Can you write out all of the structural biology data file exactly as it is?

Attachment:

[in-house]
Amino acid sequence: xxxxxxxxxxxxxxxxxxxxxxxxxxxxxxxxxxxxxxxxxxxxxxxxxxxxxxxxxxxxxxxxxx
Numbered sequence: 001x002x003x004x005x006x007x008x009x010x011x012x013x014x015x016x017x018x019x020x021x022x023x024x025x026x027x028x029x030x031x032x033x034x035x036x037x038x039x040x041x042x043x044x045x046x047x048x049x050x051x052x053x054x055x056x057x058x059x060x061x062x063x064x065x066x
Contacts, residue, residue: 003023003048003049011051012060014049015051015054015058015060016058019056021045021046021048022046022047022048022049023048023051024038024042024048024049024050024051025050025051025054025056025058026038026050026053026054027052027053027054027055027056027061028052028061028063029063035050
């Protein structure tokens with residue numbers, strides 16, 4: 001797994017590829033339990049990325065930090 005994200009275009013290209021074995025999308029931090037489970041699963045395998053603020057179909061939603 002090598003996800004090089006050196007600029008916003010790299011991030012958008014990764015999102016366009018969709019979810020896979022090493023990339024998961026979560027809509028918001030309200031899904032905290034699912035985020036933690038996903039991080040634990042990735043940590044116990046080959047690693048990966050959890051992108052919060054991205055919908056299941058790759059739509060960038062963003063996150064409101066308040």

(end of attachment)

[in-house]
Amino acid sequence: xxxxxxxxxxxxxxxxxxxxxxxxxxxxxxxxxxxxxxxxxxxxxxxxxxxxxxxxxxxxxxxxxx
Numbered sequence: 001x002x003x004x005x006x007x008x009x010x011x012x013x014x015x016x017x018x019x020x021x022x023x024x025x026x027x028x029x030x031x032x033x034x035x036x037x038x039x040x041x042x043x044x045x046x047x048x049x050x051x052x053x054x055x056x057x058x059x060x061x062x063x064x065x066x
Contacts, residue, residue: 003023003048003049011051012060014049015051015054015058015060016058019056021045021046021048022046022047022048022049023048023051024038024042024048024049024050024051025050025051025054025056025058026038026050026053026054027052027053027054027055027056027061028052028061028063029063035050
């Protein structure tokens with residue numbers, strides 16, 4: 001797994017590829033339990049990325065930090 005994200009275009013290209021074995025999308029931090037489970041699963045395998053603020057179909061939603 002090598003996800004090089006050196007600029008916003010790299011991030012958008014990764015999102016366009018969709019979810020896979022090493023990339024998961026979560027809509028918001030309200031899904032905290034699912035985020036933690038996903039991080040634990042990735043940590044116990046080959047690693048990966050959890051992108052919060054991205055919908056299941058790759059739509060960038062963003063996150064409101066308040």